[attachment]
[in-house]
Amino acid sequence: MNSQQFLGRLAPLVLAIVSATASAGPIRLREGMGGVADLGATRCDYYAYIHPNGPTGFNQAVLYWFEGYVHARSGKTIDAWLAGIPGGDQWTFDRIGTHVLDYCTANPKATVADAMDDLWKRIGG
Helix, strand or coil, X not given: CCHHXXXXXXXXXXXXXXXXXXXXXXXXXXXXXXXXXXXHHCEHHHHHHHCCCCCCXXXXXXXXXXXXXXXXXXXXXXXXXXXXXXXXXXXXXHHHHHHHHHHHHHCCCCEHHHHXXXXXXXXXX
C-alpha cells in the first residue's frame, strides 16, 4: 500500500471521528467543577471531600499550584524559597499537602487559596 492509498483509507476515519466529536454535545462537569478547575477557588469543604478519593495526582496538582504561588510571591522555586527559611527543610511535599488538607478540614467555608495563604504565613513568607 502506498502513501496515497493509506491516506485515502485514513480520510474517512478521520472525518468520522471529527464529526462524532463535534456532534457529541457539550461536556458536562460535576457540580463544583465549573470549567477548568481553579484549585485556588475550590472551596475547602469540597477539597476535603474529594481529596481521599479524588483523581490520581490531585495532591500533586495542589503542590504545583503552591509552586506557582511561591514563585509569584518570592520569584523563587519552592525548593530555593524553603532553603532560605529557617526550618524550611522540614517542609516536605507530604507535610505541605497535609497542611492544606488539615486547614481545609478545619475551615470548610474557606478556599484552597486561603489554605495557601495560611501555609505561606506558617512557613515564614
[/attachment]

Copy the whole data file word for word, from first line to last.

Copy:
[in-house]
Amino acid sequence: MNSQQFLGRLAPLVLAIVSATASAGPIRLREGMGGVADLGATRCDYYAYIHPNGPTGFNQAVLYWFEGYVHARSGKTIDAWLAGIPGGDQWTFDRIGTHVLDYCTANPKATVADAMDDLWKRIGG
Helix, strand or coil, X not given: CCHHXXXXXXXXXXXXXXXXXXXXXXXXXXXXXXXXXXXHHCEHHHHHHHCCCCCCXXXXXXXXXXXXXXXXXXXXXXXXXXXXXXXXXXXXXHHHHHHHHHHHHHCCCCEHHHHXXXXXXXXXX
C-alpha cells in the first residue's frame, strides 16, 4: 500500500471521528467543577471531600499550584524559597499537602487559596 492509498483509507476515519466529536454535545462537569478547575477557588469543604478519593495526582496538582504561588510571591522555586527559611527543610511535599488538607478540614467555608495563604504565613513568607 502506498502513501496515497493509506491516506485515502485514513480520510474517512478521520472525518468520522471529527464529526462524532463535534456532534457529541457539550461536556458536562460535576457540580463544583465549573470549567477548568481553579484549585485556588475550590472551596475547602469540597477539597476535603474529594481529596481521599479524588483523581490520581490531585495532591500533586495542589503542590504545583503552591509552586506557582511561591514563585509569584518570592520569584523563587519552592525548593530555593524553603532553603532560605529557617526550618524550611522540614517542609516536605507530604507535610505541605497535609497542611492544606488539615486547614481545609478545619475551615470548610474557606478556599484552597486561603489554605495557601495560611501555609505561606506558617512557613515564614